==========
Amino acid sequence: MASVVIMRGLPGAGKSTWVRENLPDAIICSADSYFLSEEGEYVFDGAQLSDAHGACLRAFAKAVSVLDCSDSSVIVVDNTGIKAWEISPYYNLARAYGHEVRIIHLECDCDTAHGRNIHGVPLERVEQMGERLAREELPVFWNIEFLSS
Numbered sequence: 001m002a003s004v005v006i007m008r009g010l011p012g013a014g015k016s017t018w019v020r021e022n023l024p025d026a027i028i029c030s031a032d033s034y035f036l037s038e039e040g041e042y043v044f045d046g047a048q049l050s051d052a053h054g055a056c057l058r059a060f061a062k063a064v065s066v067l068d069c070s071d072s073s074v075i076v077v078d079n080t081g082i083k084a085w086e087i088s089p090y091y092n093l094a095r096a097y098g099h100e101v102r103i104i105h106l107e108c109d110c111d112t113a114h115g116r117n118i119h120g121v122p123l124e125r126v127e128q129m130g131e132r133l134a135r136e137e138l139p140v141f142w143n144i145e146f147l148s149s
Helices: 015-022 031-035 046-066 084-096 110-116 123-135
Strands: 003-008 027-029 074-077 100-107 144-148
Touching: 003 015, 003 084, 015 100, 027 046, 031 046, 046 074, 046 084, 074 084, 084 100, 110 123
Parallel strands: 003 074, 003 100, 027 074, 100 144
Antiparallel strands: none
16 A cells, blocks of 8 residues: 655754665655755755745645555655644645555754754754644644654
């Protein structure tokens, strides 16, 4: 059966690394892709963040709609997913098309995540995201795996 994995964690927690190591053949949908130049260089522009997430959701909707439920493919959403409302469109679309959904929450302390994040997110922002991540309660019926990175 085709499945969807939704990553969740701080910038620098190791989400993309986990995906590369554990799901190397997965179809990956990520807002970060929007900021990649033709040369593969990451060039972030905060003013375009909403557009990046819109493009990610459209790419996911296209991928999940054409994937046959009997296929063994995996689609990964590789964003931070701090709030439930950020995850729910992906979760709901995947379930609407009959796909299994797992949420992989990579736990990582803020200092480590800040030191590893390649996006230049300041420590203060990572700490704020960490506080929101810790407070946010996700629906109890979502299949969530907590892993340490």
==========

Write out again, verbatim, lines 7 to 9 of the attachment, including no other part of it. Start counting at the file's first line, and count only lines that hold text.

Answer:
Antiparallel strands: none
16 A cells, blocks of 8 residues: 655754665655755755745645555655644645555754754754644644654
């Protein structure tokens, strides 16, 4: 059966690394892709963040709609997913098309995540995201795996 994995964690927690190591053949949908130049260089522009997430959701909707439920493919959403409302469109679309959904929450302390994040997110922002991540309660019926990175 085709499945969807939704990553969740701080910038620098190791989400993309986990995906590369554990799901190397997965179809990956990520807002970060929007900021990649033709040369593969990451060039972030905060003013375009909403557009990046819109493009990610459209790419996911296209991928999940054409994937046959009997296929063994995996689609990964590789964003931070701090709030439930950020995850729910992906979760709901995947379930609407009959796909299994797992949420992989990579736990990582803020200092480590800040030191590893390649996006230049300041420590203060990572700490704020960490506080929101810790407070946010996700629906109890979502299949969530907590892993340490």